By-election likely as Covid rule-flouting MP loses appeal against suspension

Margaret Ferrier given community payback order

An MP has lost her appeal against a ruling by the House of Commons’ top standards watchdog that she should be suspended from the Commons for 30 days, making a by-election likely.

In March, the Commons’ Standards Committee concluded she had “knowingly and recklessly exposed members of the public and those on the parliamentary estate to the risk of contracting COVID-19 and demonstrated a disregard for the parliamentary and national guidance in place”.

Despite the committee ruling against her, and Scottish Police convicting her of “culpable and reckless conduct”, Ms Ferrier decided to appeal the ruling to Parliament’s “Independent Expert Panel”.

Today the panel dismissed her appeal, taking Ms Ferrier one step closer to a crunch by-election as she fights to keep her job.

Ms Ferrier’s appeal was dismissed at the first stage of the process, with the panel’s report concluding: “None of the grounds had substance and the sanction imposed was neither unreasonable nor disproportionate.”

The MP, who was stripped of the SNP whip, did not appeal against the committee’s findings that she broke the code of conduct, however, argued the 30-day suspension recommendation was “unduly harsh”.

She also complained that, in reaching their sanction recommendation, the committee had not given consideration to the fact she self-referred herself to the Standards Commissioner.

Nor did the Committee give “due consideration to her hard work as an MP and impeccable Parliamentary record”.

Ms Ferrier also argued the committee had not given due consideration to the Scottish court’s sentencing remarks when the judge commented on her “good character and dedication as an MP”.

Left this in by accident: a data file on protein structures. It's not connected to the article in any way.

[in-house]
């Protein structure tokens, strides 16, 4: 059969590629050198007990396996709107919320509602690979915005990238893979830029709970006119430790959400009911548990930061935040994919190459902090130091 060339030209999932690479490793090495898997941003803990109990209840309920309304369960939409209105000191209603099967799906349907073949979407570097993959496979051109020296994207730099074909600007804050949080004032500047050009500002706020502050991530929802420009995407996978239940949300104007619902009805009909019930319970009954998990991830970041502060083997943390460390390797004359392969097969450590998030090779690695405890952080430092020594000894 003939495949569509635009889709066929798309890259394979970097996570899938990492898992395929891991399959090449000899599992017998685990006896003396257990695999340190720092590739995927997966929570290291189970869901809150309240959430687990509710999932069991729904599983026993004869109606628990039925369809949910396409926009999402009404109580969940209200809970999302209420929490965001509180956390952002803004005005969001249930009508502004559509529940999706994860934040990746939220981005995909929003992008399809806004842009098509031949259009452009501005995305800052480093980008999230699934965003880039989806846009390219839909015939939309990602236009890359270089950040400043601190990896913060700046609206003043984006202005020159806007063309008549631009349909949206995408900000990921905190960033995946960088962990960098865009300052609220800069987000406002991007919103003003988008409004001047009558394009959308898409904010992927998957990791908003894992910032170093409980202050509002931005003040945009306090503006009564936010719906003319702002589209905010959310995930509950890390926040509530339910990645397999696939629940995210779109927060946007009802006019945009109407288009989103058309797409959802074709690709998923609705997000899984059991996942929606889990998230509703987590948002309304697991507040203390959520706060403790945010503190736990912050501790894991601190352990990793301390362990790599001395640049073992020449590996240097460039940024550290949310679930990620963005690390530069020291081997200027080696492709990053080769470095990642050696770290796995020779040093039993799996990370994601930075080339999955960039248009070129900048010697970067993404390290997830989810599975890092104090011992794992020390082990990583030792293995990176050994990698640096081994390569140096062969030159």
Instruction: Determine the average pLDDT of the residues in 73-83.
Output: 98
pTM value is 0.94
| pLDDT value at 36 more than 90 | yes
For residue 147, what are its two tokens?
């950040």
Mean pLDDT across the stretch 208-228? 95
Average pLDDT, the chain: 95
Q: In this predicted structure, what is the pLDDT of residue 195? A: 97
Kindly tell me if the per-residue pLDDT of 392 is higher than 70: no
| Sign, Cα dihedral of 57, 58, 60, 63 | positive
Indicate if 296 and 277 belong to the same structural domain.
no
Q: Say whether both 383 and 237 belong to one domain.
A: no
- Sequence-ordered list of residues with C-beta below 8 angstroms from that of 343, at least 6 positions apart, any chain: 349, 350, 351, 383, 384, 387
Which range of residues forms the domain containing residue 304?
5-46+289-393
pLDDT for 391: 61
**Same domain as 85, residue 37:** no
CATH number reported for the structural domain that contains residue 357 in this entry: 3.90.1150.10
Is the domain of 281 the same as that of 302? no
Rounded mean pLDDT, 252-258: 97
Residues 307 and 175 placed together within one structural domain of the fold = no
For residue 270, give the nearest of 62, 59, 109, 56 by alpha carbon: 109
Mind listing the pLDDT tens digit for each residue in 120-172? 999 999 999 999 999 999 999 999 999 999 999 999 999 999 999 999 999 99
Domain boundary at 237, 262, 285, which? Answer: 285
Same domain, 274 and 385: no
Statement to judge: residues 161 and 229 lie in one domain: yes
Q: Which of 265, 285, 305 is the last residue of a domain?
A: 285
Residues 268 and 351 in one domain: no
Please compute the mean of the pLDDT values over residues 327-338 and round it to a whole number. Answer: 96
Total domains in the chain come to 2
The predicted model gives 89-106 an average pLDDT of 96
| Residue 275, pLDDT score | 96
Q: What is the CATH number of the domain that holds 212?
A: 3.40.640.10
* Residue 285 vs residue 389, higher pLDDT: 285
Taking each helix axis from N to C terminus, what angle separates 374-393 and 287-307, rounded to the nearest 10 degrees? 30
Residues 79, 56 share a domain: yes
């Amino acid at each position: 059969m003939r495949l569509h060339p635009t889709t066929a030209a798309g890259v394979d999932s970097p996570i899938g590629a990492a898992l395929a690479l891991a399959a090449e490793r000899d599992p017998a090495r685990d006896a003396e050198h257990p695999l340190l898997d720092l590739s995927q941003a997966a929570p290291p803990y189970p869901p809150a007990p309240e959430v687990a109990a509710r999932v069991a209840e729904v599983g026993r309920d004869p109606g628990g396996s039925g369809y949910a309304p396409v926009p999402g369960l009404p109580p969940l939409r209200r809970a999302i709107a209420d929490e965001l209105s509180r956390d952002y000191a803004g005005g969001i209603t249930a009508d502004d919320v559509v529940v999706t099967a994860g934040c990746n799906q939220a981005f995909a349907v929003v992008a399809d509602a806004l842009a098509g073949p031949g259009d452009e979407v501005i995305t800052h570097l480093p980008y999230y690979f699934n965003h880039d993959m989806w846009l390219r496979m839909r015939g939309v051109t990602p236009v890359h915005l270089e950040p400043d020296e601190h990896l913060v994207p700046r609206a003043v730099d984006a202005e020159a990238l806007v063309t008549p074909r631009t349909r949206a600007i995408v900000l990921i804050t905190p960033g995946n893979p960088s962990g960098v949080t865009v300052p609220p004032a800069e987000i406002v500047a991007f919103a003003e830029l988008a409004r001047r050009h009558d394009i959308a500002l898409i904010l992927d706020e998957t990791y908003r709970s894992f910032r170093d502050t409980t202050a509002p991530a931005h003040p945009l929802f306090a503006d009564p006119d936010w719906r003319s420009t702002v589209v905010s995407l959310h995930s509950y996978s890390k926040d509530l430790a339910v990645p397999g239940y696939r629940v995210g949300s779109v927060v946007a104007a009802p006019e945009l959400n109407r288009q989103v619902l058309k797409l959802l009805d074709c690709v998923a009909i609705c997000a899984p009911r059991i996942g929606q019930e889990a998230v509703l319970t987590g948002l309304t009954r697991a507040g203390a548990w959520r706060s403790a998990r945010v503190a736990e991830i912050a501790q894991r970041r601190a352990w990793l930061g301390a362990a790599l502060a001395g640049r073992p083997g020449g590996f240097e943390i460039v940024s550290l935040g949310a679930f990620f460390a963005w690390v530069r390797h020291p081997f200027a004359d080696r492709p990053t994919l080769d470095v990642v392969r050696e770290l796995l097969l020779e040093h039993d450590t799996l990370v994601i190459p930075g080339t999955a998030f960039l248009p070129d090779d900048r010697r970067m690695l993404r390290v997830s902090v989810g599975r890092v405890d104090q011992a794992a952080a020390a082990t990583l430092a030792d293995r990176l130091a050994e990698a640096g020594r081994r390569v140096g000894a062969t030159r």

This, she claimed, was a “breach of natural justice”.

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Among her other complaints was that the Committee had been split over whether to recommend a 30-day suspension, which will trigger a recall petition, and that it’s “unfair to recommend a sanction that automatically triggered the process under the Recall of MPs Act 2015”.

Ms Ferrier also provided “new evidence” to the appeal committee, amounting to further details about a health condition that “led her to panic and make poor decisions” and was concerned about access to medication to treat her condition if she didn’t return to Scotland.

The panel spoke to her specialist consultant, however, who said the medication she referred to may now “be reduced and phased out altogether”.

It said: “There is nothing in the report to suggest that either the condition or the medication itself could lead to panic or confused decision-making. In our view, this report is not fresh evidence.

“We are not impressed by the point that the details of her medical condition led to ‘intense panic’, as she puts it, and ‘poor decision-making’.

“We are satisfied that she had made the decision to go home, if the test was positive, without telling anyone. That was not just a poor decision, it was a seriously dishonest one, putting the public at risk of infection.”

The committee upheld the suspension.

If an MP is suspended from the Commons for 10 sitting days, or 14 days total, constituents are able to launch a recall petition, which will be held over a six-week period.

Where that petition is signed by at least 10 percent of the MP’s constituents, a by-election will be called, which the MP can either choose to stand in or resign from the Commons at that point.

MPs will now vote on whether to suspend Ms Ferrier for the recommended 30 days.

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